We can understand Lyotard’s reluctance to posit the existence of a totalizing grand narrative because if it did exist, it would provide a way to legitimize truth and knowledge, reveal a common set of values with a common cultural heritage, provide guiding principles of moral behavior and the inspiration of a common purpose towards a universal goal. In short, it would put a Valyrian steel dagger to the heart of his anti-humanist philosophy. Technology now provides the means to forge this dagger in the truth that we have known since the beginning of time and finally put an end the nonsense and madness of the anti-humanist strand of postmodernism, while addressing the valid criticisms and concerns it has revealed.
In the history of human societal evolution, we now stand on the brink of achieving that for which so much has been sacrificed in effort, toil and blood – the answer to the question: How to live meaningfully in peace, prosperity and the greatest freedom? This has been the goal since the earliest of times underpinned by a grand narrative that was lived, rather than articulated, because it was a matter of life or death. It is ironic how the university professors who decry totalizing grand narratives can do so only because of the protections afforded by the very grand narratives they decry – a clear case of soiling their own nests.
We now have the technology to give voice to this grand narrative in answer to the question of the ages, to fulfill the universal quest of humanity and to realize the end of history - the end point of mankind's social and ideological evolution with the universalization of Western liberal democracy as the final form of human government. This will create not only a global conversation but also a new mechanism for sharing in economic prosperity, which will encourage closed regimes like China, Iran and Saudi Arabia to open up, in order for their citizens to benefit fully from this development.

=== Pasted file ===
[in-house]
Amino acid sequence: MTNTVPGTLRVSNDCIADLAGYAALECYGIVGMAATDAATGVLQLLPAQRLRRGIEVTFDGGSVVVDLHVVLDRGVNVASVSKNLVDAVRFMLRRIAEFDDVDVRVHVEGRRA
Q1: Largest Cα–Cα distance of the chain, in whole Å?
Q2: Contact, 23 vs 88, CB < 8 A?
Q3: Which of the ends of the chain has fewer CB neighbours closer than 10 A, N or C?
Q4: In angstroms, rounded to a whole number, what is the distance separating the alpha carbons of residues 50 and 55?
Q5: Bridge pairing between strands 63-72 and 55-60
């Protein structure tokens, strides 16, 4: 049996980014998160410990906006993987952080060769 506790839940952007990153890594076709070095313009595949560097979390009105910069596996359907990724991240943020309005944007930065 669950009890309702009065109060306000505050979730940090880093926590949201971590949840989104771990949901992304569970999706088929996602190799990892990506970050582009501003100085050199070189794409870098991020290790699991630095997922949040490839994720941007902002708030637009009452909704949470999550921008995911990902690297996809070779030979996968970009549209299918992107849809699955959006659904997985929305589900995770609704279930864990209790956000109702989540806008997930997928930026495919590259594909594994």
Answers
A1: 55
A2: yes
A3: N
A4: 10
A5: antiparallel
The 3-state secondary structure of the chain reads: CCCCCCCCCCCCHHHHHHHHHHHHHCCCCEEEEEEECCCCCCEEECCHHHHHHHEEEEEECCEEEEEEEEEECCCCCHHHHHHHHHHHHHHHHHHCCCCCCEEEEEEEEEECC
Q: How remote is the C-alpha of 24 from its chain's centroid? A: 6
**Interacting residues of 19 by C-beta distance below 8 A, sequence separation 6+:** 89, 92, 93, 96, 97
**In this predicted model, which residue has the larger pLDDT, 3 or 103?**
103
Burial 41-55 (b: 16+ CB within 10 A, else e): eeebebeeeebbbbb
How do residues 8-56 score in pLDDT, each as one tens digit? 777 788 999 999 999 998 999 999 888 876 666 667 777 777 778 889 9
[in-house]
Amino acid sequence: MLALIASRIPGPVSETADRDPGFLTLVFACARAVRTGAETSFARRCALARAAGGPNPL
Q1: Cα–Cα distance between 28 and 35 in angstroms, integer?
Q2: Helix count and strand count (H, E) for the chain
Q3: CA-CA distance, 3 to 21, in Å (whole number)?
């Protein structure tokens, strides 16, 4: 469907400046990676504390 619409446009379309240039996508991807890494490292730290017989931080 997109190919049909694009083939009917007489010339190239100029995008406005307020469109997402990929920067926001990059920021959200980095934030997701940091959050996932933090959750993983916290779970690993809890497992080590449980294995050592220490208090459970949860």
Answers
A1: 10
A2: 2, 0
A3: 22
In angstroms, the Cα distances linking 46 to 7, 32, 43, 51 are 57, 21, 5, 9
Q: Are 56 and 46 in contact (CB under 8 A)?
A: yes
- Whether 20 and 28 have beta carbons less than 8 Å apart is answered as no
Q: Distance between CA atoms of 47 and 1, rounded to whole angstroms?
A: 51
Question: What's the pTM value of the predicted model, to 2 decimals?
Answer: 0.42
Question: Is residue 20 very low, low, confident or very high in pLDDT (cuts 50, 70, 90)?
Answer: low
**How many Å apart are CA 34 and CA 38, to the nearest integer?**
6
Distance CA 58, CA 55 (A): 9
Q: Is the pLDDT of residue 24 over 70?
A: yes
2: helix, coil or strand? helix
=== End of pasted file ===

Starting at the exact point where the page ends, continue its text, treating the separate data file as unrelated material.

Towards a grand narrative for the end of history
From the earliest of times we realized the efficacy of cooperating for mutual benefit based on trust, which quickly extended beyond the family unit and the clan to include villages of people, expanded to encompass cities, states and nations and now spans the whole world through the Internet and a global economic system.
This expansion of cooperation is based on the idea of care for the other – the “we first” rather than the “me first” narrative. We can trace the expansion of the “we first” narrative in two key ways. The first is vertically as it expanded beyond the clan to the village, then to the city, to the nation and now stands ready to span the whole world. Along the way, because of the limited nature of the “we” at different times, we had clan wars, state and nation wars, conflicts, subjugation, slavery and colonialism. When the “we” expanded to include the colonized nations, colonialism ended. When the “we” expanded to include slaves, slavery ended. The second way to trace the “we first” narrative is horizontally as it expanded to include women’s rights, civil right, gay rights and the rights of ethnic minorities, and it continues to expand. Apart from the folly of "identity politics" - an attempt to divide the "we" for political gain - this has been a healthy expansion but less healthy has been the economic expansion.